Roy Howat has been living in the world of Gabriel Fauré and the French masters for all of his professional life. He is not only a scholar and one of the world’s leading authorities on this repertoire, but also a musician of profound understanding. Roy joins us in June to lead a program dedicated to the music of Fauré and has given us an insight into this great composer:

Gabriel Fauré left us a large body of marvellous songs, piano music, chamber music and stage works, composed over an amazingly long musical career lasting from the 1860s to the 1920s.  Some of his works, like his two Piano Quartets, are well known for their dramatic immediacy; some, though, have long been fogged by a lingering old tradition of murmuring them in subdued half-tints. Fauré himself deplored that habit, and his son always exhorted musicians to ‘play out the drama’ in his father’s music. The most dramatic single case of this comes in Fauré’s First Piano Quartet, completed in 1905 but almost lost from view since Fauré’s death, because of misprinted tempo indications in the original edition that resulted in lugubriously slow performances. When I was asked in 2000 to produce a new edition of this work, my study of the original parts quickly showed that the original performers – Fauré himself at the piano beside the great violinist Ysaÿe – undoubtedly performed the work with vigour and liveliness, including a 1906 Paris premiere that famously brought the house down. An initial workshop arranged by me in 2002 (with ANAM’s former strings professor Bill Hennessy) immediately proved the case; since then the work has again been bringing down the house, its finale often encored, in performances by myself and the legendary Czech Panocha Quartet in the Czech Republic, Japan and London’s Wigmore Hall. Rarely have I been so thrilled as by this discovery, putting a great masterpiece back on the map!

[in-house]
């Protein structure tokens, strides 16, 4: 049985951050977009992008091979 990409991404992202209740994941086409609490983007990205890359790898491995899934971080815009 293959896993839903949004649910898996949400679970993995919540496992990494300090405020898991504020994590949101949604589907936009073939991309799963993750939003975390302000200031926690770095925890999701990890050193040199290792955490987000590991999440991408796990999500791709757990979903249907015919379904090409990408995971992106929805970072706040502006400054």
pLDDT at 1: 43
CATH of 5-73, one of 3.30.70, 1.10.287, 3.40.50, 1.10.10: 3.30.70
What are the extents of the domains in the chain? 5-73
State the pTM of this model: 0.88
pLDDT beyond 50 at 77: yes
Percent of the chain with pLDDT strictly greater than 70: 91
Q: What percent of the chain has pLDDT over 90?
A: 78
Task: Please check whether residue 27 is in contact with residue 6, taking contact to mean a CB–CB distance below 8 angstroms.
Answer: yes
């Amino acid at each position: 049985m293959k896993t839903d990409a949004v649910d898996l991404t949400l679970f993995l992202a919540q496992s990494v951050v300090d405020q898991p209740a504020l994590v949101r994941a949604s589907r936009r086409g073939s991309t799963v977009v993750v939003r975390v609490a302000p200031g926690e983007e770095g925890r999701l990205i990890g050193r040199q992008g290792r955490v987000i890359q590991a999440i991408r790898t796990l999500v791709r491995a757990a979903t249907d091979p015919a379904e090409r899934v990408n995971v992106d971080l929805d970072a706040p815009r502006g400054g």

> He was born in the south of France, and many of his colleagues sensed a Moorish streak in his appearance and temperament. He was reportedly slow to anger, but if he did blow his top, then stand well back was the advice. But he was well known to be very equitable and fair, completely honest, with a great sense of humour, and sometimes a bit of a prankster.

> Across a composing career of 60 years he left us over 100 superb songs, which are now being collected for the first time into a single complete edition (Peters Edition, edited by Roy Howat and Australian pianist-scholar Emily Kilpatrick).

> His famous Pavane is habitually played at about half the speed Fauré intended; the same goes for several other of his pieces or songs. There’s an inherent cogency, a sort of emotional urgency, to most of his music.

> From the 1870s Fauré spearheaded the foundation of a solid French chamber music repertoire, leaving us two violin sonatas, two cello sonatas, one trio, several quartets and quintets, and many pieces for solo instrument and piano.

> He was the most radically reforming Director ever at the Paris Conservatoire, a job he took on at the age of 60 and held until he was 75. His successful reforms earned him the nickname among students and staff of “Robespierre”.

Words by Roy Howat


FAURÉ Elegie for cello and piano op.24
FAURÉ Piano Trio in D minor op.120
FAURÉ Nocturne No. 13 in B minor op. 119
FAURÉ Fantasie for flute and piano op.79
FAURÉ Dolly Suite op. 56
FAURÉ Quintet No. 1 op. 89

Roy Howat piano/director
ANAM Musicians

Venue ANAM, South Melbourne Town Hall
anam.com.au 03 9645 7911

PLUS… Join us for In Conversation With Roy Howat on Friday 24 June at 3pm. An hour long, informal discussion.


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